The first in what looks to be a series of compilations to introduce members of supergroup La Coka Nostra, “Black Metal” previews LCN-related tracks that feature Ill Bill. Bill’s quite a veteran in the music biz, cutting his first tracks as a teenager with his younger brother (today known as Necro) heading a short-lived death metal outfit called Injustice before eventually envisioning a rap career (a period documented on the ’03 release “The Early Years: Rare Demos ’91-’94”). It took him years to finally get it in gear as a member of New York underground hopefuls Non Phixion, an exposure that enabled him to pursue his solo plans, which materialized in ’04’s “What’s Wrong With Bill?” album and various mixtapes, including two volumes of “Ill Bill Is the Future.”

With Non Phixion discontinued, Bill is now part of La Coka Nostra, which includes the original line-up of House of Pain and rappers Slaine and Big Left. The four LCN tracks featured on “Black Metal” are not notably different from the rest of the material. Boston rapper Slaine has a polished delivery with a “Marshall Mathers LP”-era emotionality to it. Everlast still reps Irish heritage and Islamic influence, his raspy voice deployed in hooks that claim, “La Coka Nostra, the fuckin’ world ain’t ready.” “Get Outta My Way” relies on anthemic stabs in a Ruff Ryders kind of way but adds a rock layer to it while Everlast is the latest in line to complain about the state of the art: “I swear hip-hop got me lookin’ at the front door / I used to love H.E.R., now I wanna smother / when I see all the bastard styles that she’s mothered.” “Where Hope Goes to Die” sounds like something The Alchemist or Havoc would have come up with in the later ’90s as piano sprinkles meet sporadic, synthetic, bass-like chords in a sparsely structured beat. “Broken Pieces” is a thoughtful look at lost individuals by the trio of Ill Bill, Slaine and Jeru the Damaja. “Soldiers of Fortune” sees the crew laying it down over a hard, mid-tempo beat with Slaine combining a sober perspective with high hopes as he declares, “This is business, we the new Cohens and Simmons’s.”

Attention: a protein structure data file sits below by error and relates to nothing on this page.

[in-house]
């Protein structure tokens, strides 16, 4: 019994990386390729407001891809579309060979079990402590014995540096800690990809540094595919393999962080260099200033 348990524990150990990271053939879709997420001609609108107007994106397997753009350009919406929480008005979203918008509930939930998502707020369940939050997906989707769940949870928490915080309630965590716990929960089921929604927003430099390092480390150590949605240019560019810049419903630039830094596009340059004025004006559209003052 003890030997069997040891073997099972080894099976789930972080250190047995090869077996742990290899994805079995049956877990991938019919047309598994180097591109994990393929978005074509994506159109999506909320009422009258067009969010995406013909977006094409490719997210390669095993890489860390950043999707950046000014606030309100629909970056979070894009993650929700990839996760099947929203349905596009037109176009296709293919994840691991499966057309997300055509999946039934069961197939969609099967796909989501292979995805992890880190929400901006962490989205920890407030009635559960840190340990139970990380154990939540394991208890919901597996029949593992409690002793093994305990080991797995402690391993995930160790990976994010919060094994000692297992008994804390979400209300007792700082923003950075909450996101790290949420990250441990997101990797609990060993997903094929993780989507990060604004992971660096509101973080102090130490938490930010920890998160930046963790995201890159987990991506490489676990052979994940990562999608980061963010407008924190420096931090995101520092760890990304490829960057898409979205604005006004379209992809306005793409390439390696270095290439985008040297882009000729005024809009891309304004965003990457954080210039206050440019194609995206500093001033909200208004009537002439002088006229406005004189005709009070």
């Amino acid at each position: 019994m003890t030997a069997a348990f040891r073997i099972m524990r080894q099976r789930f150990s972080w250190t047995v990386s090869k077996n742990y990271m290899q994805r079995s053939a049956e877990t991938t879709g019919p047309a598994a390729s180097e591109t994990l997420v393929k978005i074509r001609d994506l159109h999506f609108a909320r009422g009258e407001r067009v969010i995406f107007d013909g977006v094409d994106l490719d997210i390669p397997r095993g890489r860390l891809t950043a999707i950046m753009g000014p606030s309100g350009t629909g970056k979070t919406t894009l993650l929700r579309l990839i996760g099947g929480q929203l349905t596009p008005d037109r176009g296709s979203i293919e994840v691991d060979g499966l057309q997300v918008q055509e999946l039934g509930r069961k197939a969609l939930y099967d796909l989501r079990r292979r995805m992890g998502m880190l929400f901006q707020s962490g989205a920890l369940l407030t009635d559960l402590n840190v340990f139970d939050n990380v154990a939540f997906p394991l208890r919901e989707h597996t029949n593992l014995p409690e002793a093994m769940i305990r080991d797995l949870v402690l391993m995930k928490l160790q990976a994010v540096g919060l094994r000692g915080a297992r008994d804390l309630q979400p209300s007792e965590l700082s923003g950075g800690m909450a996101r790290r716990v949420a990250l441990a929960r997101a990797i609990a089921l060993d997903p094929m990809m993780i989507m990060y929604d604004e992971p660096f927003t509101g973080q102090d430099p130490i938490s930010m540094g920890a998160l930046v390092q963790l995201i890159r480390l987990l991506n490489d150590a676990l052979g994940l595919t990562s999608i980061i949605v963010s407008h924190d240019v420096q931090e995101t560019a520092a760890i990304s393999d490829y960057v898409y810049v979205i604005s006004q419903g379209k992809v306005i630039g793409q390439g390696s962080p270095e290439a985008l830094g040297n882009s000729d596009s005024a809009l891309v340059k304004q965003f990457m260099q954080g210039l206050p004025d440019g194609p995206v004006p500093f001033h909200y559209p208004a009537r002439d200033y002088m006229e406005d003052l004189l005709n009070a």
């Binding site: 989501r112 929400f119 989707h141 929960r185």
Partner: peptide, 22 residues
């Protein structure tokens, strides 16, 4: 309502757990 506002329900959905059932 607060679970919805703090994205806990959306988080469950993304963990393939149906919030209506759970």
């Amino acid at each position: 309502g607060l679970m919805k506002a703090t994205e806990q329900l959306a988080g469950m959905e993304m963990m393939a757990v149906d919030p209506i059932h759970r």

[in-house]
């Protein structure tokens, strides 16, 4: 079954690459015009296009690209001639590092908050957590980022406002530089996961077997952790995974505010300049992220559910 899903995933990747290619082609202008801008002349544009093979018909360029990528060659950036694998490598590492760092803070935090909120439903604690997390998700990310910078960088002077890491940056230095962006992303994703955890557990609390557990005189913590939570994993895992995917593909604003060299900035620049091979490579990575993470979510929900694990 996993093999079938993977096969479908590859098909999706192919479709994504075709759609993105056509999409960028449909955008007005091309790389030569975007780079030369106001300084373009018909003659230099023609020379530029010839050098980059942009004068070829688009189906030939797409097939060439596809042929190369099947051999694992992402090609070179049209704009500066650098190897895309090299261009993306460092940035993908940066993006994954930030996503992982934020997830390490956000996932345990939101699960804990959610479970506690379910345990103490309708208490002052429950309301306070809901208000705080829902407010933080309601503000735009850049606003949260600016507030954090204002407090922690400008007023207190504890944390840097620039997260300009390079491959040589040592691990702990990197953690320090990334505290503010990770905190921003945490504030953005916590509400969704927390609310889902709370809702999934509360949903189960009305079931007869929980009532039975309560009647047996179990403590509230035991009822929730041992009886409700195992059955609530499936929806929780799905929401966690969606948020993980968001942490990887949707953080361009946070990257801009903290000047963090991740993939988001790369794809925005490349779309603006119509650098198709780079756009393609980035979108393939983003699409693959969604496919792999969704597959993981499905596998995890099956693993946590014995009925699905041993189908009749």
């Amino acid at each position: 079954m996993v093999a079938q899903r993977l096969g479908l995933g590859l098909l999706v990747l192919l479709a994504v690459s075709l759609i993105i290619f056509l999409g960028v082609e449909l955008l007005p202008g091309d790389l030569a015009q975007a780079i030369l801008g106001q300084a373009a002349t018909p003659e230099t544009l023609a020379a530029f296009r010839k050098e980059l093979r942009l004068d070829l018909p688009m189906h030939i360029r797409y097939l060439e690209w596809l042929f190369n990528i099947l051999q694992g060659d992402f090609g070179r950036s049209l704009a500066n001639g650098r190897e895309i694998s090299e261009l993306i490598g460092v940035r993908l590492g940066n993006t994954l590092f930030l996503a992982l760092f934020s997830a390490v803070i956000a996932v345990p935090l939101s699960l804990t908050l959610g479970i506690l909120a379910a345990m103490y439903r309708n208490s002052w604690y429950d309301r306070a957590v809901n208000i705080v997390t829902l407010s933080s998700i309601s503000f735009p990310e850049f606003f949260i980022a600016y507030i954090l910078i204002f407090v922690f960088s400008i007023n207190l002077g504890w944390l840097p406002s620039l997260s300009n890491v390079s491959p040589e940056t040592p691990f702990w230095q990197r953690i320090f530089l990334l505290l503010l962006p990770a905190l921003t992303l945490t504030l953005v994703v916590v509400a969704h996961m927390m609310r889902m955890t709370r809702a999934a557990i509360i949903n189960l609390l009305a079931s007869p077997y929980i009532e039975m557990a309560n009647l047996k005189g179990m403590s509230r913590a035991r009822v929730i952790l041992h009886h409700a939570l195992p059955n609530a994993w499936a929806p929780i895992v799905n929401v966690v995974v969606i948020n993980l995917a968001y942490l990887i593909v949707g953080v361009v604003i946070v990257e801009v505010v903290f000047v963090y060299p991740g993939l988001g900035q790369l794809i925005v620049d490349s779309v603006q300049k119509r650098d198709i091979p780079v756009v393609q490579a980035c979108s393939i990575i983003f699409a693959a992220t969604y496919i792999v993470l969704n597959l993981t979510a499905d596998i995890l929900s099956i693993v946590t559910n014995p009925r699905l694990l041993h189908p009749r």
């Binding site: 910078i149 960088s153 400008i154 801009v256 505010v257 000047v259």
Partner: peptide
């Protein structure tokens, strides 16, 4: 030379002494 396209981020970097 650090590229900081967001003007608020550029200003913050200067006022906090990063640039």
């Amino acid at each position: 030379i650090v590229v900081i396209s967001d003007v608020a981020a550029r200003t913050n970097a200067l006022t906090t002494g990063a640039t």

As for the Cult Leader himself, “the Illest of Williams since Billy Dee” doesn’t dodge the spotlight despite guest appearances galore. The rapper who once claimed, “I’m a Slayer album personified,” now samples Slayer (“Raining Blood”) for “Awaiting the Hour,” where he is assisted by Killah Priest. To for once witness Priest over music that differs considerably from his typical choice of beats and to hear his “dark gothic teachings” paired with Bill’s “inner pain translated and written in blood” makes “Awaiting the Hour” a clear highlight of the CD. The same goes for “Come One, Come All” featuring Styles P (and an uncredited guest), who remains calm in the eye of the guitar storm while Bill loses it like the rock ‘n roll dude that he too is. The title track promises “goon music engineered to make you bang your motherfuckin’ head to it,” but as a straight up hip-hop joint it is a) not fast enough for such a purpose and b) atypically reluctantly programmed.

The dense “Apocalypse Now” features the same line-up (Bill joined by Uncle Howie labelmate Q-Unique and LA veteran Sick Jacken of Psycho Realm), and manages to actually rock despite (or thanks to) an unexpected Indian influence. Meanwhile hip-hop heads will duly take notice of further BK collaborations “The 3 Wise Men” (with OC and Jeru recalling the second installment of the Crooklyn Dodgers) and “I’m From Brooklyn” (with Brooklyn Academy). “Ten Wheel Drive” calls out competition and contains lyrics that remind the listener of Ill Bill’s dedication to his art:

“It’s outrageous to the world at large
how I had four aces at the table when I turned back cards
Leave your faces in amazement cause I work that smart
Never been a lucky person, yo, I earned that spot
My position is that of a ruler of a kingdom
to raise the underground 100,000 feet above the fools
who think it’s not over for music without soul or substance
laughin’ while they took all your money and showed you nothin'”

Finally there’s the touching “Darkness Deepens,” which brings Bill back together with Sabac Red to recreate the permanent pandemonium that was the world of Non Phixion. But regardless of who he’s partnering with, Ill Bill stays true to himself, rocking long, layered, r-rated verses delivered with a sense of urgency while still having the patience to “sit back, recline” with his “cocaine rhymes, heroin beats.” Consisting of anything but impromptu cuts pieced together to fill up a mixtape, “Black Metal,” while containing little actual heavy metal, is a solid resumé that musically touches on all the expected points between epic, eerie and etheral. It naturally lacks the cohesiveness that is expected from the forthcoming “The Hour of Reprisal,” which was slated to drop on September 11th but was re-scheduled for an early ’08 release.

La Coka Nostra presents Ill Bill :: Black Metal
7Overall Score